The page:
March 15, 2019 / by Emma Jones

Like most animals, horses need special care in winter in order to stay war and healthy. As the temperatures drop, your four-legged gracious friend needs proper treatments and equipment that will get him through the colder weather more comfortably and without any health hazards. There is a preventative strategy can help make this process less stressful for both the owner and the horse as well. Here is what you can do.

First and foremost, you should provide a protective horse rug. Regardless of the size of your horse, there are rugs available on the market to perfectly suit your horse’s needs. The right rugging solutions will provide optimal protection from the elements. Luckily, the choice of standard and miniature horse winter rugs is versatile, which means you can easily find the one that can perfectly fit your horse. For maximum protection and safety, it is important that you regularly check the condition of the rugs so that you can be sure that they are doing their job properly and optimally. For harsher days, take into consideration rugs that also provide additional protection for the animal’s neck and in some instances the entire head.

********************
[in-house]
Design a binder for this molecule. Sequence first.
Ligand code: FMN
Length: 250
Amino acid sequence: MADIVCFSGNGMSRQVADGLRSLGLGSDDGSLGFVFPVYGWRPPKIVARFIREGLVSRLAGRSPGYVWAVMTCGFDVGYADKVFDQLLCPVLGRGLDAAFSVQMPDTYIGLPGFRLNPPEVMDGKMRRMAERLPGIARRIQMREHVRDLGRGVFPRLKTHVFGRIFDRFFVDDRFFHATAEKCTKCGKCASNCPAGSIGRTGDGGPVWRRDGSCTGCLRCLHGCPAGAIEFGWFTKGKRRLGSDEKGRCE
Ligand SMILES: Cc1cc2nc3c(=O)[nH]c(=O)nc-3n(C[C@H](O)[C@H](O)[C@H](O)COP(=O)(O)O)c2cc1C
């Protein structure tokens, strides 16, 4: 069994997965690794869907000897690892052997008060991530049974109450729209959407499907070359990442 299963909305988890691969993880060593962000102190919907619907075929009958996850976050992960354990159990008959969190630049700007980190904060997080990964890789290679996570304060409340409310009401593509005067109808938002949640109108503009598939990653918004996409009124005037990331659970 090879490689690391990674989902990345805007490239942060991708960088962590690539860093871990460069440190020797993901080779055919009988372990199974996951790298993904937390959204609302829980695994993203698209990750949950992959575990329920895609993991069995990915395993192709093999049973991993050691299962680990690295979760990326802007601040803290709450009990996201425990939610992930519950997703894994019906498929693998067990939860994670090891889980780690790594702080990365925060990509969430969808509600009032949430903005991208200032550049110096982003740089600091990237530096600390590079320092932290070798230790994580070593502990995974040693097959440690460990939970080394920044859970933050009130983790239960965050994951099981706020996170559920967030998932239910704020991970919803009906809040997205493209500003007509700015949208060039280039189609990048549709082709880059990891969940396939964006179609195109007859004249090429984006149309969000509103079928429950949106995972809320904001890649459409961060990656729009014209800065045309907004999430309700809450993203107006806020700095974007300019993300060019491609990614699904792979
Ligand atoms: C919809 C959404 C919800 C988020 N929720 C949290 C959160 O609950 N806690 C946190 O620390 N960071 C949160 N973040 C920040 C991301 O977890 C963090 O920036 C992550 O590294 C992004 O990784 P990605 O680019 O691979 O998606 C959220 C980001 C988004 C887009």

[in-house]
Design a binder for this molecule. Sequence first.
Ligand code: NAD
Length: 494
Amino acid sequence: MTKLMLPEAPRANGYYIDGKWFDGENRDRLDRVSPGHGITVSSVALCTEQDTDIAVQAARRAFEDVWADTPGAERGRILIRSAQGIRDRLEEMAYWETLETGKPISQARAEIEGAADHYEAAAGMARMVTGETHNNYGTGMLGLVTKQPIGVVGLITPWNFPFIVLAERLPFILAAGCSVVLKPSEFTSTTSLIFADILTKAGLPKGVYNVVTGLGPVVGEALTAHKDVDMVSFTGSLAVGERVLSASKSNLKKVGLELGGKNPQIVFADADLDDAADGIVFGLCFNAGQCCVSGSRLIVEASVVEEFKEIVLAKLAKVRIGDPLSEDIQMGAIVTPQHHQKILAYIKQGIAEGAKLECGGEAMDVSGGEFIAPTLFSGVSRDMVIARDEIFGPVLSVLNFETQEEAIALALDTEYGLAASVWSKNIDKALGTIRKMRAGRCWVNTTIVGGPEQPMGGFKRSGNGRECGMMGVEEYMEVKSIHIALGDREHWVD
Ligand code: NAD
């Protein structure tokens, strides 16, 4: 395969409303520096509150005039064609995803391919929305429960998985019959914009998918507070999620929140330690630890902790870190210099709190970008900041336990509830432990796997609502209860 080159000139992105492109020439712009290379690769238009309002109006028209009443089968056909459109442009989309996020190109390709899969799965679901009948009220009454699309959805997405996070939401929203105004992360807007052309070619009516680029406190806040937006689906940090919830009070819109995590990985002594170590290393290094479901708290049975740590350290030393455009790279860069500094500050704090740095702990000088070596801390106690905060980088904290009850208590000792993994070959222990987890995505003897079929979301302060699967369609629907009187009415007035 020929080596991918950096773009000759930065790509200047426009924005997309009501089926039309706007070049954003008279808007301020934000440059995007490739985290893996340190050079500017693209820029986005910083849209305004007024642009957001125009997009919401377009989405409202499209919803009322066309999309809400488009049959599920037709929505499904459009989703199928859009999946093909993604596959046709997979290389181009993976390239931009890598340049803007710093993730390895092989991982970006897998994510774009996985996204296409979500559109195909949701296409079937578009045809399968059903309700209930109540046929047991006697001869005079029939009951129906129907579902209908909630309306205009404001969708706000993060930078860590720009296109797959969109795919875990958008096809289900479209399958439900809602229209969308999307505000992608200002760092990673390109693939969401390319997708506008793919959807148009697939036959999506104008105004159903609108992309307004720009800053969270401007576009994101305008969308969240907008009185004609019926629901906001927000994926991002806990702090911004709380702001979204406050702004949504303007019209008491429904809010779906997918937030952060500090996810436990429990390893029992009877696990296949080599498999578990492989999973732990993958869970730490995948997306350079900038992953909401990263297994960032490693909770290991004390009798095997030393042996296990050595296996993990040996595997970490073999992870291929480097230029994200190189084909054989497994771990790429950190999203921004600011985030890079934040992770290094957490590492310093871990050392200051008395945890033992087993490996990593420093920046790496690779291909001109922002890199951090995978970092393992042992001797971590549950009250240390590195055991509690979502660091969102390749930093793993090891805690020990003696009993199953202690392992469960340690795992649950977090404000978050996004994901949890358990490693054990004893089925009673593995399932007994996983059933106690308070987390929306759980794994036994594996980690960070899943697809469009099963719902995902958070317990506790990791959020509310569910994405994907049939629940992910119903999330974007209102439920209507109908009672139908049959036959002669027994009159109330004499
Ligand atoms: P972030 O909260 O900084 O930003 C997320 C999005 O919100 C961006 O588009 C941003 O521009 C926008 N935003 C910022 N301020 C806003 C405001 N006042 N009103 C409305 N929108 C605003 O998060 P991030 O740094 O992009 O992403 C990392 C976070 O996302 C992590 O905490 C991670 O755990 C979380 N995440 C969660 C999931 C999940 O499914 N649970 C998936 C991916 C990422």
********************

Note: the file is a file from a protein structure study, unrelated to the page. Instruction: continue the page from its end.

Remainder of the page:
Another thing you should be careful about is the material of the rug. In most cases, standard and miniature horse winter rugs come in waterproof resistant materials because if the horse gets wet underneath the rug, he can feel worse than if left un-rugged.

If you notice that the rug has been slipping very regularly, that means that the horse is warm enough, and contrary to that, if the horse’s coat is standing up (much like goosebumps) then that is a good indicator that the horse is feeling chilly and has a natural reaction to the cold.

Another way you can find out whether your horse feels cold is if you tuck your hand into the horse’s rug and put it behind the wither. If it feels chilly – the horse is probably a bit cold and may need an additional layer, and if it feels damp – the animal may be too hot. You should never use the warmth of the horse’s ears or legs as an indicator when determining if the animal is warm enough.

Also, you shouldn’t assume that because you may feel hot or cold, that the horse has the same notion. And lastly, be advised that you should react quickly if you notice that the horse is looking uncomfortable or unwell. For instance, if the horse is sweating or shivering, it is a sign that something is not right and you should try your best to help the animal restore his balance.